We’re switching gears to a new biweekly schedule of GYGO. This way we get an even grander batch of gaming news!

Nintendo Remains Ruthless Against Piracy, and Wizards of the Coast Deals with Leaks

After over two years of imprisonment, the hacker by the name Gary Bowser has been released.

Although Bowser’s name is strangely ironic—easily confused with but totally unrelated to the Nintendo of America president Doug Bowser—Nintendo found his role within Team Xecutor, a hacker group that worked in the games piracy market, to be no laughing matter. Bowser was charged and arrested a couple of years ago for his participation in the marketing and selling of mod chips for various consoles, which included Nintendo consoles. Despite his release, Bowser now owes Nintendo about $14.5 million, an excessively brutal fine for the illicit distribution of video games.

Meanwhile, Wizards of the Coast has been dealing with their own scramble following a massive leak of their latest Magic: The Gathering set, “March of the Machine: The Aftermath.” Nintendo isn’t alone in their extreme responses to perceived slights, as WotC has allegedly utilized a private security firm to track down the source of the initial leak, which was broadcast by YouTuber Oldschoolmtg.

Oldschoolmtg cooperated with the agents to hand over the set, and explains that the set was mistakenly sent to him. WotC has yet to release a statement about the incident, and is currently unclear if Oldschoolmtg will be compensated for the goods they have had to turn in.

Acquisitions! Acquisitions! Acquisitions!

Sega closed in on a deal to purchase Angry Birds developer Rovio for about a $1 billion. This comes after Rovio’s rather bizarre de-listing of the original Angry Birds game from mobile storefronts, citing that the game’s excessive popularity overshadows their other titles.

In a different vein, Atari has acquired the ownership of several classic IPs, such as the Bubsy and Demolition Racer series.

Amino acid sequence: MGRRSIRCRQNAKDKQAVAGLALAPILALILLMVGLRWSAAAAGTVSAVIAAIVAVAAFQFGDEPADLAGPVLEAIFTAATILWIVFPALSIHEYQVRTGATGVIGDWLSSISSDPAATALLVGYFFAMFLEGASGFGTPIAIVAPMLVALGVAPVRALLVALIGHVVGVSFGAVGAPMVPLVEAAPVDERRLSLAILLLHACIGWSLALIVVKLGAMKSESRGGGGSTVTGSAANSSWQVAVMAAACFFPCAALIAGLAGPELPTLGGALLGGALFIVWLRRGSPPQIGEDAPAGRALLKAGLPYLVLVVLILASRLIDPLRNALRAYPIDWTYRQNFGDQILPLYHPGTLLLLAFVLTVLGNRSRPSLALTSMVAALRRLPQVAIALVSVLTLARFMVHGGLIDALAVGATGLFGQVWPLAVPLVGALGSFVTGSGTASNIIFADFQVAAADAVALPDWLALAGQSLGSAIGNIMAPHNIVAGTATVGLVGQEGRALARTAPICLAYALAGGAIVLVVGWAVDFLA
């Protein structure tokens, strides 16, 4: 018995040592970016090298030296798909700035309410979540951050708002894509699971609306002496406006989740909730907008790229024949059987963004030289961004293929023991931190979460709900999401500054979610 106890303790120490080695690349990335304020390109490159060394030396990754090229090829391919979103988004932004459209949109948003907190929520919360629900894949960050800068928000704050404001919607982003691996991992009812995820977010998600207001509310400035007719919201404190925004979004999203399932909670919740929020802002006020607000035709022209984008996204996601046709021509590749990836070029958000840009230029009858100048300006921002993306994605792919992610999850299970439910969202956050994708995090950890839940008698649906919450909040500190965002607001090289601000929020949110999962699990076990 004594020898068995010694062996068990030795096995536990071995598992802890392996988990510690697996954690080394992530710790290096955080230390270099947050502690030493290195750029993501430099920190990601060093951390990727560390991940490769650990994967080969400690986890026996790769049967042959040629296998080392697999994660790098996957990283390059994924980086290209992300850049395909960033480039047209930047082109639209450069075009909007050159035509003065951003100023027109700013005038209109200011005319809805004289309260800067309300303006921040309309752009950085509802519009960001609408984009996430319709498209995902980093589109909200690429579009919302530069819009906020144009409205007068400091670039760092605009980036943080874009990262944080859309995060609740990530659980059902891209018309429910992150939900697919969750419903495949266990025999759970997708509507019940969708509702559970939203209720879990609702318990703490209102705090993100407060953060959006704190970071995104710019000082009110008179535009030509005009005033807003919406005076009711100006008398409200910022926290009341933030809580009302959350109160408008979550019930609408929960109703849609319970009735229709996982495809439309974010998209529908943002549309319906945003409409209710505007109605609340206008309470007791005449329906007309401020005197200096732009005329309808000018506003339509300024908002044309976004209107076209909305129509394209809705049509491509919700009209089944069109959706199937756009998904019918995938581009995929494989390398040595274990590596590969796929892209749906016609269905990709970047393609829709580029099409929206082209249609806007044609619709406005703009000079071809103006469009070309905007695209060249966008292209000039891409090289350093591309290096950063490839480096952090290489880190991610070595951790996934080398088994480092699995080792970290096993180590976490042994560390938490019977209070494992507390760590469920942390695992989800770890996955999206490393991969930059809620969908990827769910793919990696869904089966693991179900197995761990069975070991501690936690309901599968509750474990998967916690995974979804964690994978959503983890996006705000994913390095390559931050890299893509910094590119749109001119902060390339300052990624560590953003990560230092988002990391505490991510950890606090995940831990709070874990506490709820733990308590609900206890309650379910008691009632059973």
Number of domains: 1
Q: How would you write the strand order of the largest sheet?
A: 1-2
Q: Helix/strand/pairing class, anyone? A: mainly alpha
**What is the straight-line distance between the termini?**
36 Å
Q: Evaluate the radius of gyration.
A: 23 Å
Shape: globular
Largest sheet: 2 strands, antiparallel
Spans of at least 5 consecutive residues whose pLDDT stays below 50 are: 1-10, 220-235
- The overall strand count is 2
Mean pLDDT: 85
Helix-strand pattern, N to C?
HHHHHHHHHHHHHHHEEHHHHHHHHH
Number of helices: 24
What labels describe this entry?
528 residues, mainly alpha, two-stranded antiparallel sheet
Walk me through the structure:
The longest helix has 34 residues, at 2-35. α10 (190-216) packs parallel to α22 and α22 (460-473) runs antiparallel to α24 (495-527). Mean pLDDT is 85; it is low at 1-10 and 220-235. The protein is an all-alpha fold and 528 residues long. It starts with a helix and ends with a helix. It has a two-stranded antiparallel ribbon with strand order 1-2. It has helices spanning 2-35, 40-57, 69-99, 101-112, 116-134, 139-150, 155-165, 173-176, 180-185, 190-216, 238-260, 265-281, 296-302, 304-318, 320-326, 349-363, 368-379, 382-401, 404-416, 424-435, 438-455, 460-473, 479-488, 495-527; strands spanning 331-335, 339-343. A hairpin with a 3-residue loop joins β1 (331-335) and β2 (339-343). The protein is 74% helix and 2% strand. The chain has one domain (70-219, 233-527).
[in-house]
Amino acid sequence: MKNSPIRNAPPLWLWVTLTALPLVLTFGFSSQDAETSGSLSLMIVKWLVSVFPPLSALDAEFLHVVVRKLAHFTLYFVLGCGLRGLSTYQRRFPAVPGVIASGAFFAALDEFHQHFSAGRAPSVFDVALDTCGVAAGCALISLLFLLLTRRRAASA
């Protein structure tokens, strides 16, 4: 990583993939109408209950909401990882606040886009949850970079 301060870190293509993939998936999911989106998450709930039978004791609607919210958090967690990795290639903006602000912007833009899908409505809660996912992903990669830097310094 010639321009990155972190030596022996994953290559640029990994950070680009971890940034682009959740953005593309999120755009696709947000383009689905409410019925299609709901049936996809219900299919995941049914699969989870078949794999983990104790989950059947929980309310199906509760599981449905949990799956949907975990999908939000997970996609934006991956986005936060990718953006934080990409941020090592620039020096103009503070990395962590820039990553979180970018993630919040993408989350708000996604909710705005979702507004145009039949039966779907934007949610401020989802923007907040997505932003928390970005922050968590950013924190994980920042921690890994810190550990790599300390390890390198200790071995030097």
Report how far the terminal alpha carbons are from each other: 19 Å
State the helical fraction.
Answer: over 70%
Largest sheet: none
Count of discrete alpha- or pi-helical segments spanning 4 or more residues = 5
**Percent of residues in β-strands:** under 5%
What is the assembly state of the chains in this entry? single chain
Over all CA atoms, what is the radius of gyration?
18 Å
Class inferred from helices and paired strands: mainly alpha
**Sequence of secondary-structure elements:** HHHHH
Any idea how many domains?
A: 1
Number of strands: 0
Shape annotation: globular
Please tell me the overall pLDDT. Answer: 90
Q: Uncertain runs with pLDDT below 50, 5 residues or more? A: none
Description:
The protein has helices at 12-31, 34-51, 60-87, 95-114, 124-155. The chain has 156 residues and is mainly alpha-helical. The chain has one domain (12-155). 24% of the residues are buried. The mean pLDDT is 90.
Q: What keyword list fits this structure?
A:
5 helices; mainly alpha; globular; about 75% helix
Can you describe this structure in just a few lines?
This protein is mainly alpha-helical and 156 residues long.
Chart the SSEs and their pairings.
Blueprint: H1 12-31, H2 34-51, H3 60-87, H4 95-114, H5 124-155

After some suggestion that the deal might go ahead, the UK’s Competition and Markets Authority (CMA) has blocked the Microsoft/Activision Blizzard merger. Interestingly, the CMA cited concerns about giving Microsoft too much power in cloud gaming (of all things) as the reason for blocking the deal. Brad Smith, CEO and president of Microsoft, stated on Twitter that the company will appeal the decision.

Games Are Releasing… Eventually

A new trailer for the Breath of the Wild sequel, The Legend of Zelda: Tears of the Kingdom, has been released. This is the final pre-launch trailer; the game’s slated release is  May 12.

A demo of Street Fighter 6 is now available to try out on several consoles.

On the other hand, Rocksteady Studios’ Suicide Squad: Kill the Justice League faces a delay. The game will now be released in February 2024, to “work on the getting the game to be the best quality experience for players.”

In other news…

Sega of America unionizes with the Communications Workers of America (CWA).

The International Game Developers Association (IGDA) is updating its game crediting policy. This updated policy hopes to iron out issues when it comes to developers not being properly credited for their work in games.

Hidetaka Miyazaki, president of FromSoftware and creator of Dark Souls, has landed himself on Time 100, Time’s annual list of “the 100 most influential people in the world.” Miyazaki is the only representative from the video games industry this year to be on this list.

An archivist has acquired high resolution scans that better capture Ken Sugimori’s original portraits of the original 151 Pokémon.

Microsoft is the latest of a string of companies pulling back from Twitter by refusing to pay the platform’s new API system, rendering sharing from the Xbox no longer accessible.

And with bated breath, we must inform everyone that Hideo Kojima has discovered Dungeons & Dragons.